Camille Vidal-Naquet: [We wanted] the filming process to be as organic as possible. Some people tell me that it looks like a documentary and what is funny is that when we were making the film, we never used the word realistic. It was always in terms of energy, so I wanted the camera to be handheld from the very beginning, but it was not [for] a documentary purpose. We were filming a vibrating world — a world on the edge — and I thought it was very interesting for the camera mimicking this, so it was just a bit fragile, but also when you think about it, to use the camera when it’s handheld, you can have a camera that’s very soft and can caress the protagonist.
My director of photography Jacques Girault was very talented with the handheld camera and you have to know it was a big camera, so it was really heavy for him and he had to be very strong but still be very focused on what he was doing. I also had the idea from the beginning to use zooms, which are not commonly used, but I think the zooms give a huge lot of energy. To me, it was like a heartbeat [where] for example where you feel bad and you have a contraction or something like that. I wanted the filming to be like organic tissue and this is why we chose this way of filming.
When Léo gets into a fight with his fellow street hustler Ahd in a public park, it looked like those may not have been extras associated with the production, but real bystanders in the background. With how much you shoot outdoors, were you throwing the actors into real life?
Camille Vidal Naquet: No, that was my first desire and we [actually] did this in the casting — I asked some of the actors to make the casting outside in the streets and to see how it goes when they play with other people. For Felix, it was a given. It was very easy. But for other characters, it was kind of difficult because it’s weird, right? To do something where you’re filmed in the middle of other people, but it was very interesting because yeah, [the people in the street] don’t care. We wanted to do that in the nightclub [scenes], but it was not possible. It was too complicated because you know you have to make the take and you really have no control, and at real nightclubs, they wouldn’t let us change the lighting or the [other] changes we wanted for the film. But you notice that when they fight, they’re real people [in the background] and it’s really authentic reactions. Of course, they were seeing people fighting — and they were also seeing us shooting a film, but they didn’t exactly know what was going on. Are there people fighting? Is it in the movie or is it reality? And I think it’s really interesting how they looked at the actors. It’s true that I would’ve wanted to make it more [realistic], but it’s difficult. For a director, it’s a dream to do that.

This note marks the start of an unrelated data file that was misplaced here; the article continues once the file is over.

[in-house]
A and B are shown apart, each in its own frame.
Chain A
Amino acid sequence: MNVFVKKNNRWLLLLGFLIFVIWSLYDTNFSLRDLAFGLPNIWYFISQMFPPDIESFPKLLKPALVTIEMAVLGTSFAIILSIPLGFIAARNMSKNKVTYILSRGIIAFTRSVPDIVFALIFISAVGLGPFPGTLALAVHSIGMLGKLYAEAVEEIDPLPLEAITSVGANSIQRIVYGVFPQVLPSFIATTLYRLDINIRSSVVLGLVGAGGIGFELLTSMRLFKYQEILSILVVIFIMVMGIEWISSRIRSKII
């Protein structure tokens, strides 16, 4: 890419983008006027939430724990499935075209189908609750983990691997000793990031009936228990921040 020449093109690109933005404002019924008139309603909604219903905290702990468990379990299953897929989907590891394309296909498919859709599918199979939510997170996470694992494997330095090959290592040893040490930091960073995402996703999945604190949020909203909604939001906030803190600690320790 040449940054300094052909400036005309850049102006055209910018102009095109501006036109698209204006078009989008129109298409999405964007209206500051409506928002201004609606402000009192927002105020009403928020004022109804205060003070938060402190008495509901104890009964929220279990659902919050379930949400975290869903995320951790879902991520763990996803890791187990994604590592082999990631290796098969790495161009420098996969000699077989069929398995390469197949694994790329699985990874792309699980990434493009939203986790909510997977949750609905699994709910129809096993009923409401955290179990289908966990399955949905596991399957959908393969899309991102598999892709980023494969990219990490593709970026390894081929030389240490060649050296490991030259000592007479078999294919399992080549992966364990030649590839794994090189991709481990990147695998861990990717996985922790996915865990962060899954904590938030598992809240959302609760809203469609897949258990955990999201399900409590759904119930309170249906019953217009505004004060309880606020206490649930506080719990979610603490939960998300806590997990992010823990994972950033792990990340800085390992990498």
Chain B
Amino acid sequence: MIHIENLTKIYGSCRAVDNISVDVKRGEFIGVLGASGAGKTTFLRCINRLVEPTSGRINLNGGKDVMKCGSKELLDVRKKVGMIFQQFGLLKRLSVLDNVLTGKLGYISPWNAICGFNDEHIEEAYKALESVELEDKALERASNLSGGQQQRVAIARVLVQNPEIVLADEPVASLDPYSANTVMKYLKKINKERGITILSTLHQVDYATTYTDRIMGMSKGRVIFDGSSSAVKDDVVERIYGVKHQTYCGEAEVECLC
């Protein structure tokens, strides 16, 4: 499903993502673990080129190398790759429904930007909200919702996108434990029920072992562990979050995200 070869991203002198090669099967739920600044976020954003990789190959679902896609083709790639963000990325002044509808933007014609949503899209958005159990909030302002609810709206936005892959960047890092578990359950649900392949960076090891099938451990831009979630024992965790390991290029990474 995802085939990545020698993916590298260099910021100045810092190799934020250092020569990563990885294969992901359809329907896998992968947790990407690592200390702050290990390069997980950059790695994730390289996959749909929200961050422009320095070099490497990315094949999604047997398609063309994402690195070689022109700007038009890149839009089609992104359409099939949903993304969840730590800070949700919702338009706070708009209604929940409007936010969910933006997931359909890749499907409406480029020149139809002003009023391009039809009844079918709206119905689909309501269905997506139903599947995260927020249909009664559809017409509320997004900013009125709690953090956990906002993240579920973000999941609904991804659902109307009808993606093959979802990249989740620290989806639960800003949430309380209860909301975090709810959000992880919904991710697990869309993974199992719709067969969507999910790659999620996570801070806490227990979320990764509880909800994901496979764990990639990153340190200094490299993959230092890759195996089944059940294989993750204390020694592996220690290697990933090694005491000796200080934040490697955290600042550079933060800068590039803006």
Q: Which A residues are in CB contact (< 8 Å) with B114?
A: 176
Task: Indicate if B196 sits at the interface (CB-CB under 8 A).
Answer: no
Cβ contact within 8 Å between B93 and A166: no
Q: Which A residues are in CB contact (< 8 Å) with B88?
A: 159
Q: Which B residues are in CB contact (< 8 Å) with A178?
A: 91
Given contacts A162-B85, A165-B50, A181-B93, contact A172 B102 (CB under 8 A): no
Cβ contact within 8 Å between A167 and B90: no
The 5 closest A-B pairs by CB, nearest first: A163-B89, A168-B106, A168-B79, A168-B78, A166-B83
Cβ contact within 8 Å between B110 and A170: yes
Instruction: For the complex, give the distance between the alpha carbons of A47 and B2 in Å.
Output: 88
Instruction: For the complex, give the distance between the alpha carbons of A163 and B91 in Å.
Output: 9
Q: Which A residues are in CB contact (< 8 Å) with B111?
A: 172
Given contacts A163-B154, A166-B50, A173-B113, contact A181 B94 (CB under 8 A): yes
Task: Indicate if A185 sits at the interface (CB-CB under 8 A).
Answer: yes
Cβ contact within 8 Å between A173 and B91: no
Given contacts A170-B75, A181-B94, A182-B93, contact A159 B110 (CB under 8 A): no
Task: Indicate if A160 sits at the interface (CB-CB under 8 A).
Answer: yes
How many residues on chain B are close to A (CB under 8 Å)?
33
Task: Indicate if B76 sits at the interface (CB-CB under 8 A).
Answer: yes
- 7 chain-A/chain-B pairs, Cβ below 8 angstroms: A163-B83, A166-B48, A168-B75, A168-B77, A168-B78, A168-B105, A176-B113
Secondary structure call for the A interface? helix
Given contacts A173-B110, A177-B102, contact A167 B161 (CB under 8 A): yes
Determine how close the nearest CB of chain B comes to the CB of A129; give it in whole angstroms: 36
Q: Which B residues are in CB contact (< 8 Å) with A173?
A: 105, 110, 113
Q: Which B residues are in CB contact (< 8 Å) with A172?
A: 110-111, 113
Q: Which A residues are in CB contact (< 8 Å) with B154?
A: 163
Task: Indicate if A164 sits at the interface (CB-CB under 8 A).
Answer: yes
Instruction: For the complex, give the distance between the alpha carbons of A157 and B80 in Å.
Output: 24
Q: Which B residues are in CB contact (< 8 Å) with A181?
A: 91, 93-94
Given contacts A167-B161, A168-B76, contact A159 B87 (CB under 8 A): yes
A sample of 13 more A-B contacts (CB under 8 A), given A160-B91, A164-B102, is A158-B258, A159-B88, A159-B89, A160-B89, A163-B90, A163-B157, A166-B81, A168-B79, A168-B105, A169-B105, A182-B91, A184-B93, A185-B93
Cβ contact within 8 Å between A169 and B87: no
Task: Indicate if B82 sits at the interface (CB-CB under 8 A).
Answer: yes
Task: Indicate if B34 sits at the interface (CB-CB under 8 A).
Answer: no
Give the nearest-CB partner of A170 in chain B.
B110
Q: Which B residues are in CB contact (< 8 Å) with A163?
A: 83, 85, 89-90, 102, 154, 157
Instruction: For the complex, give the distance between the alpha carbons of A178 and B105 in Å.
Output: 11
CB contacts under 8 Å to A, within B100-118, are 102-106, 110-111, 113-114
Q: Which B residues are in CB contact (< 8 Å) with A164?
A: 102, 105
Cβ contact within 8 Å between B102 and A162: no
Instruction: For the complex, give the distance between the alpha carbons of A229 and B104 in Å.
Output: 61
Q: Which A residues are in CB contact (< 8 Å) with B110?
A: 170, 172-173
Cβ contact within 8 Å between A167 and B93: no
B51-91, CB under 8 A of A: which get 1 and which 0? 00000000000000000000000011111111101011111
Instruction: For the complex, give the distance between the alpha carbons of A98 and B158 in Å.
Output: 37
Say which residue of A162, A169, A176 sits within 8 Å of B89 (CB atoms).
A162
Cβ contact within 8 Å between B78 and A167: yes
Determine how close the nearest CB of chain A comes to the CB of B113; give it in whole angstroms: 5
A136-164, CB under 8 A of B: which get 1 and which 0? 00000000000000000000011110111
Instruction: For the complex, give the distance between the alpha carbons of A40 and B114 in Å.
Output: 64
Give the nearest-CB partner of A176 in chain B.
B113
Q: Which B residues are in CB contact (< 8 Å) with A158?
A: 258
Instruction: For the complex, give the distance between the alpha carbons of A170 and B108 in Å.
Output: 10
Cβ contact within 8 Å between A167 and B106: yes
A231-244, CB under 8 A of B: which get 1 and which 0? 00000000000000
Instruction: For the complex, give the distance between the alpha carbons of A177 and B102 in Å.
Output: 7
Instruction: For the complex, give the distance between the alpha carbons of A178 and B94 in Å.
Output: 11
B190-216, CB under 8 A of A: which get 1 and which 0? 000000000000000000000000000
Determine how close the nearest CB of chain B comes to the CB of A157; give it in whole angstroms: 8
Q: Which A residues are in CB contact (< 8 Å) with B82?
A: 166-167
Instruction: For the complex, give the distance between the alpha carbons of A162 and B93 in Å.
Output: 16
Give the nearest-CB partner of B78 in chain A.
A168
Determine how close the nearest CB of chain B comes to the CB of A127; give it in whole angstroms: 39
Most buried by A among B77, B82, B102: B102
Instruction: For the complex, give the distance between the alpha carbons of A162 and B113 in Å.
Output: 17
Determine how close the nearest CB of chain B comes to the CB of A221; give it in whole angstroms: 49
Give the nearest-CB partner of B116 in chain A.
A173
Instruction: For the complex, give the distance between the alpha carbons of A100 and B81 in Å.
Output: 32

Felix Maritaud: As I respect a lot the character I play, I tried to stay focused on what they are feeling, but I don’t want to control it – what I am as a human to control another human being, so I was focused on making myself available to bring emotions and humanity to the character. It was not choreographed. I was just living the scene, living the character’s vibrations.
As for the johns that Felix’s character sees, were there certain cultural aspects you wanted reflected in those visits?
Camille Vidal Naquet: The clients were a bit mysterious for me because I met a lot of guys who were hustling in my years of research for the project, but I didn’t meet a client, so I only knew them from what these guys told me. I had to picture them and I was surprised by how natural it felt. It told me a lot about how lonely the people in the city are. Like for example, when [Felix’s character] spends the night with the old man or with the disabled person and I understood that [for] a lot of people when they’re disabled, especially in France, it feels like it’s taboo. When you’re disabled, nobody talks about it. It’s like you don’t have any sexuality and you’re forbidden to talk about it. But these are just regular desires we have to talk about and I know that the boys in the woods, they didn’t care at all who their clients were. It was all simple and natural and I thought it was very important to say it.
The film also asks a lot of questions about our mentality towards people living in the streets and about how dangerous some people are. For example, when you see those two clients who are extremely cruel and violent with him, it’s not my place to judge what they do [as far as consensual sexual activities], but what I find revolting is they feel they have the right to do whatever they want to do to someone, even if it hurts them, just because they pay. To me, that was very shocking, like we’re clients and we can humiliate you and you’re not someone. You’re an object. And through these clients, I was talking about the prostitutes’ basic [rights as people]. I’ll never forget these guys on the street that I met and I say that they’re still living in this film, so the more it travels, the better it is.